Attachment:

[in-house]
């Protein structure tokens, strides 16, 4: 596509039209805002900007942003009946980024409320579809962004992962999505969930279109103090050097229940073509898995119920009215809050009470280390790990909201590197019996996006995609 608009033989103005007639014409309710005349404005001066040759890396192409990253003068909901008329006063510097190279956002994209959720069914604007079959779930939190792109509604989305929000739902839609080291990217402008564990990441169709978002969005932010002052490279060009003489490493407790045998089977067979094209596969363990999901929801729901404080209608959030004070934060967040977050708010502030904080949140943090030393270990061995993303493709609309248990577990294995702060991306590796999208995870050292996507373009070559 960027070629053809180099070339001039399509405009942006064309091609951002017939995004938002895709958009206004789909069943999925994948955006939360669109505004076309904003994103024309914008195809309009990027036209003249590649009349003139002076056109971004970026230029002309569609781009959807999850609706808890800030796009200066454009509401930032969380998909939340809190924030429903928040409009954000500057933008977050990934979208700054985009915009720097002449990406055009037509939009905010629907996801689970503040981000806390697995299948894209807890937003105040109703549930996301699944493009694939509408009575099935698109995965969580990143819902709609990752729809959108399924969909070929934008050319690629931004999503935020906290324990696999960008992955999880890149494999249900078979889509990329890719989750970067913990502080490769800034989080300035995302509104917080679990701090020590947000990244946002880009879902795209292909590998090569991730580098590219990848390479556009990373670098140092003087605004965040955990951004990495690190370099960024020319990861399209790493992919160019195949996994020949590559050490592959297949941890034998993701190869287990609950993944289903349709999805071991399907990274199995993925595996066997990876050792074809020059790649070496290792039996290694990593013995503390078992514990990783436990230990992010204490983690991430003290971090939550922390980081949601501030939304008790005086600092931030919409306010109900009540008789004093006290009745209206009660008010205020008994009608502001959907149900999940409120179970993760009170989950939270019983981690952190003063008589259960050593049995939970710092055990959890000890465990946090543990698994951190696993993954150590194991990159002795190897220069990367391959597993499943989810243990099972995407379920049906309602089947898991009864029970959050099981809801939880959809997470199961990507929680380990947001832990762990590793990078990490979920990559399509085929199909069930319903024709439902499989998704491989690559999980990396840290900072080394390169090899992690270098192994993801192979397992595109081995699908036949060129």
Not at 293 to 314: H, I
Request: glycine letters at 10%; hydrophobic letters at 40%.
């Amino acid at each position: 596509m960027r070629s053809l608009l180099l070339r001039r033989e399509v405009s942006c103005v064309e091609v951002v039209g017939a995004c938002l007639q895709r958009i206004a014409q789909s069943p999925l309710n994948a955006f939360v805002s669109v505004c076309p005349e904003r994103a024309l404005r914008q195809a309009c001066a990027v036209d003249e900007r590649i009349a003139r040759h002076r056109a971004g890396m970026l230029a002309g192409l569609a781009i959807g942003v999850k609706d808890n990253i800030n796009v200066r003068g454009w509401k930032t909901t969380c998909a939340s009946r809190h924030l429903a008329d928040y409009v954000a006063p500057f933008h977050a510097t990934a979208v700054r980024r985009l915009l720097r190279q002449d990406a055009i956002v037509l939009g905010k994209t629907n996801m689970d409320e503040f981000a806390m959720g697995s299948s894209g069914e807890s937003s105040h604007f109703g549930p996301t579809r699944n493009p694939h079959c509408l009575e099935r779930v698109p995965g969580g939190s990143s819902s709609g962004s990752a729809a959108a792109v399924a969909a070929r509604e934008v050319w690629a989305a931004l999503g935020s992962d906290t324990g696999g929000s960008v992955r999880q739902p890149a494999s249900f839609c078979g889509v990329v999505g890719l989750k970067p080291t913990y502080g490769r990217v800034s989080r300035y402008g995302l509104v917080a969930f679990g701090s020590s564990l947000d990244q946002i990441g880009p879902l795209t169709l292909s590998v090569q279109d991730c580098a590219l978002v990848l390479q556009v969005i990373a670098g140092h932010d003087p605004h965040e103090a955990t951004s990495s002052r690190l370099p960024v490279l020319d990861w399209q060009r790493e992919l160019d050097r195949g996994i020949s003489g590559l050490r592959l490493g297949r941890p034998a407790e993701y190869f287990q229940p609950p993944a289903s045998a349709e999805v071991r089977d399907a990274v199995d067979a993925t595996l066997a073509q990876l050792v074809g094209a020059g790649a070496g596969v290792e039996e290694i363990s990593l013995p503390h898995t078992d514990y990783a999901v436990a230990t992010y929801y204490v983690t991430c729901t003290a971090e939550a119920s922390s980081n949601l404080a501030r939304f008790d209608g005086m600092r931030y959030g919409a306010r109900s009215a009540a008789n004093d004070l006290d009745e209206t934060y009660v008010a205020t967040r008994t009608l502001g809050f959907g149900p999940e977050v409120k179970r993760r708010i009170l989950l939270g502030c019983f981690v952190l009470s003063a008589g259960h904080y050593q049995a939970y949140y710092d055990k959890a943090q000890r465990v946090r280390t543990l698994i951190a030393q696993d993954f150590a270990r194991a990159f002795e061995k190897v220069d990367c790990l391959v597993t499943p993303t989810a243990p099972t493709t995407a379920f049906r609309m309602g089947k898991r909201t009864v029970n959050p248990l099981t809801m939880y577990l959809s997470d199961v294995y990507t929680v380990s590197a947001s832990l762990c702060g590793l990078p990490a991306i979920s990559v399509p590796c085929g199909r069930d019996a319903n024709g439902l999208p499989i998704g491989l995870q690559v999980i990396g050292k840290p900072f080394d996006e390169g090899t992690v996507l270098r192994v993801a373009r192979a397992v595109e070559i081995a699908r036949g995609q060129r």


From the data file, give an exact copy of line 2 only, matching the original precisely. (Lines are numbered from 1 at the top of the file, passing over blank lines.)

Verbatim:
């Protein structure tokens, strides 16, 4: 596509039209805002900007942003009946980024409320579809962004992962999505969930279109103090050097229940073509898995119920009215809050009470280390790990909201590197019996996006995609 608009033989103005007639014409309710005349404005001066040759890396192409990253003068909901008329006063510097190279956002994209959720069914604007079959779930939190792109509604989305929000739902839609080291990217402008564990990441169709978002969005932010002052490279060009003489490493407790045998089977067979094209596969363990999901929801729901404080209608959030004070934060967040977050708010502030904080949140943090030393270990061995993303493709609309248990577990294995702060991306590796999208995870050292996507373009070559 960027070629053809180099070339001039399509405009942006064309091609951002017939995004938002895709958009206004789909069943999925994948955006939360669109505004076309904003994103024309914008195809309009990027036209003249590649009349003139002076056109971004970026230029002309569609781009959807999850609706808890800030796009200066454009509401930032969380998909939340809190924030429903928040409009954000500057933008977050990934979208700054985009915009720097002449990406055009037509939009905010629907996801689970503040981000806390697995299948894209807890937003105040109703549930996301699944493009694939509408009575099935698109995965969580990143819902709609990752729809959108399924969909070929934008050319690629931004999503935020906290324990696999960008992955999880890149494999249900078979889509990329890719989750970067913990502080490769800034989080300035995302509104917080679990701090020590947000990244946002880009879902795209292909590998090569991730580098590219990848390479556009990373670098140092003087605004965040955990951004990495690190370099960024020319990861399209790493992919160019195949996994020949590559050490592959297949941890034998993701190869287990609950993944289903349709999805071991399907990274199995993925595996066997990876050792074809020059790649070496290792039996290694990593013995503390078992514990990783436990230990992010204490983690991430003290971090939550922390980081949601501030939304008790005086600092931030919409306010109900009540008789004093006290009745209206009660008010205020008994009608502001959907149900999940409120179970993760009170989950939270019983981690952190003063008589259960050593049995939970710092055990959890000890465990946090543990698994951190696993993954150590194991990159002795190897220069990367391959597993499943989810243990099972995407379920049906309602089947898991009864029970959050099981809801939880959809997470199961990507929680380990947001832990762990590793990078990490979920990559399509085929199909069930319903024709439902499989998704491989690559999980990396840290900072080394390169090899992690270098192994993801192979397992595109081995699908036949060129």